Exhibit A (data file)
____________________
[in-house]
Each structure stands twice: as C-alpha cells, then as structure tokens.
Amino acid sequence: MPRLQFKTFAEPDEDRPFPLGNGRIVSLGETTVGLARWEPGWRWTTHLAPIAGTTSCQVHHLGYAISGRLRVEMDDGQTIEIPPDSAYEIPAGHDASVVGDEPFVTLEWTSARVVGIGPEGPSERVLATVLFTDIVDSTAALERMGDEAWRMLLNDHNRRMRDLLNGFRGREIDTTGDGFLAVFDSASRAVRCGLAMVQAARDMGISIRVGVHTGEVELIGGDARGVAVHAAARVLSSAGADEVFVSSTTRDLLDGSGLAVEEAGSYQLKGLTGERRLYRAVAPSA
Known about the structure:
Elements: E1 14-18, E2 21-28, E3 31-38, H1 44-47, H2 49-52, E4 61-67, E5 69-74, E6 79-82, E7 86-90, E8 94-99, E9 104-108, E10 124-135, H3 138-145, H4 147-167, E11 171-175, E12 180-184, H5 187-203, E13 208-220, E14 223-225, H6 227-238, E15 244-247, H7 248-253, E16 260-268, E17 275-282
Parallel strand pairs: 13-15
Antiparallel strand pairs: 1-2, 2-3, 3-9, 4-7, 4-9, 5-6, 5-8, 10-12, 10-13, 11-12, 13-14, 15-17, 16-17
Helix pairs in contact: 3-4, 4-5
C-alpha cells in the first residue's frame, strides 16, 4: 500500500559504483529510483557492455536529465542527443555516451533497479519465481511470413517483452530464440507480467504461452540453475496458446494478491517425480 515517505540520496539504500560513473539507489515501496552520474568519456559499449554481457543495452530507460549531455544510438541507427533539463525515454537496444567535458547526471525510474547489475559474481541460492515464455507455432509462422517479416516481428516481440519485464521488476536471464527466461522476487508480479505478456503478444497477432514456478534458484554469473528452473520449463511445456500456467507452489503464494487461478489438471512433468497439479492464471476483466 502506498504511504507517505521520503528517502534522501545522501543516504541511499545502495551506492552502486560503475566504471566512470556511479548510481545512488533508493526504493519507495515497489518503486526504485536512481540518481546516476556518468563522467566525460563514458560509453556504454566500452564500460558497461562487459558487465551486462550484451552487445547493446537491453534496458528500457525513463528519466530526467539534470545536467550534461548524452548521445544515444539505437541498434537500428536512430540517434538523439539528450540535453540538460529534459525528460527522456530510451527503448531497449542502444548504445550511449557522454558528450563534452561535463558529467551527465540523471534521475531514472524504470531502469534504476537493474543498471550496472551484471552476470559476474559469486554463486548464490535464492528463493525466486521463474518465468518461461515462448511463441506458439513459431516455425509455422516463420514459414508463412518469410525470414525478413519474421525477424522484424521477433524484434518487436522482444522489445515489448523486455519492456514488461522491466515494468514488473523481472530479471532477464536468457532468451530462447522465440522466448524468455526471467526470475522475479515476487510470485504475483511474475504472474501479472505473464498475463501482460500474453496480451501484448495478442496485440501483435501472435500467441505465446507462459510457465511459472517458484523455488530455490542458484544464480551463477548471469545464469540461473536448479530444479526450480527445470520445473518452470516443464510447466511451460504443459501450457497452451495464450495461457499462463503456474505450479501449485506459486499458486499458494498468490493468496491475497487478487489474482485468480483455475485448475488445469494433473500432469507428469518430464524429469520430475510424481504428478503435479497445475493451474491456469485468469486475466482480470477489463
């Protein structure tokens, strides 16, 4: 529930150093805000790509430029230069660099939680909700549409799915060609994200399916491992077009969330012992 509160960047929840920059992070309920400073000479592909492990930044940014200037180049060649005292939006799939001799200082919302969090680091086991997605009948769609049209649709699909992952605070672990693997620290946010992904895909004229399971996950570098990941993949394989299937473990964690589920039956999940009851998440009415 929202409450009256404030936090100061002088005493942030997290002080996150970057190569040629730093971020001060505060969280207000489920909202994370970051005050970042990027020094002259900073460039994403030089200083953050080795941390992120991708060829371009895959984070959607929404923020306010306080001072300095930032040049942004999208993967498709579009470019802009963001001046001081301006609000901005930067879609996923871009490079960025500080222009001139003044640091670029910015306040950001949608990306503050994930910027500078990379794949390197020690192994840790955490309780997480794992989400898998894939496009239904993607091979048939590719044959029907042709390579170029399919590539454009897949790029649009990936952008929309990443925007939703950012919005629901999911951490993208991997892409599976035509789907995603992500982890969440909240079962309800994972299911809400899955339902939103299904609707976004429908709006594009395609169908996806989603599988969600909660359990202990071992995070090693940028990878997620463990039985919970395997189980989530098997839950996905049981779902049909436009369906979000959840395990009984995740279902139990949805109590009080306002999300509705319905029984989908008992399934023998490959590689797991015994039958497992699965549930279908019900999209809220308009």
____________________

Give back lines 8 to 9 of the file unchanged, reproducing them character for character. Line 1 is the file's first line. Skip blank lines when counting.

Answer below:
Helix pairs in contact: 3-4, 4-5
C-alpha cells in the first residue's frame, strides 16, 4: 500500500559504483529510483557492455536529465542527443555516451533497479519465481511470413517483452530464440507480467504461452540453475496458446494478491517425480 515517505540520496539504500560513473539507489515501496552520474568519456559499449554481457543495452530507460549531455544510438541507427533539463525515454537496444567535458547526471525510474547489475559474481541460492515464455507455432509462422517479416516481428516481440519485464521488476536471464527466461522476487508480479505478456503478444497477432514456478534458484554469473528452473520449463511445456500456467507452489503464494487461478489438471512433468497439479492464471476483466 502506498504511504507517505521520503528517502534522501545522501543516504541511499545502495551506492552502486560503475566504471566512470556511479548510481545512488533508493526504493519507495515497489518503486526504485536512481540518481546516476556518468563522467566525460563514458560509453556504454566500452564500460558497461562487459558487465551486462550484451552487445547493446537491453534496458528500457525513463528519466530526467539534470545536467550534461548524452548521445544515444539505437541498434537500428536512430540517434538523439539528450540535453540538460529534459525528460527522456530510451527503448531497449542502444548504445550511449557522454558528450563534452561535463558529467551527465540523471534521475531514472524504470531502469534504476537493474543498471550496472551484471552476470559476474559469486554463486548464490535464492528463493525466486521463474518465468518461461515462448511463441506458439513459431516455425509455422516463420514459414508463412518469410525470414525478413519474421525477424522484424521477433524484434518487436522482444522489445515489448523486455519492456514488461522491466515494468514488473523481472530479471532477464536468457532468451530462447522465440522466448524468455526471467526470475522475479515476487510470485504475483511474475504472474501479472505473464498475463501482460500474453496480451501484448495478442496485440501483435501472435500467441505465446507462459510457465511459472517458484523455488530455490542458484544464480551463477548471469545464469540461473536448479530444479526450480527445470520445473518452470516443464510447466511451460504443459501450457497452451495464450495461457499462463503456474505450479501449485506459486499458486499458494498468490493468496491475497487478487489474482485468480483455475485448475488445469494433473500432469507428469518430464524429469520430475510424481504428478503435479497445475493451474491456469485468469486475466482480470477489463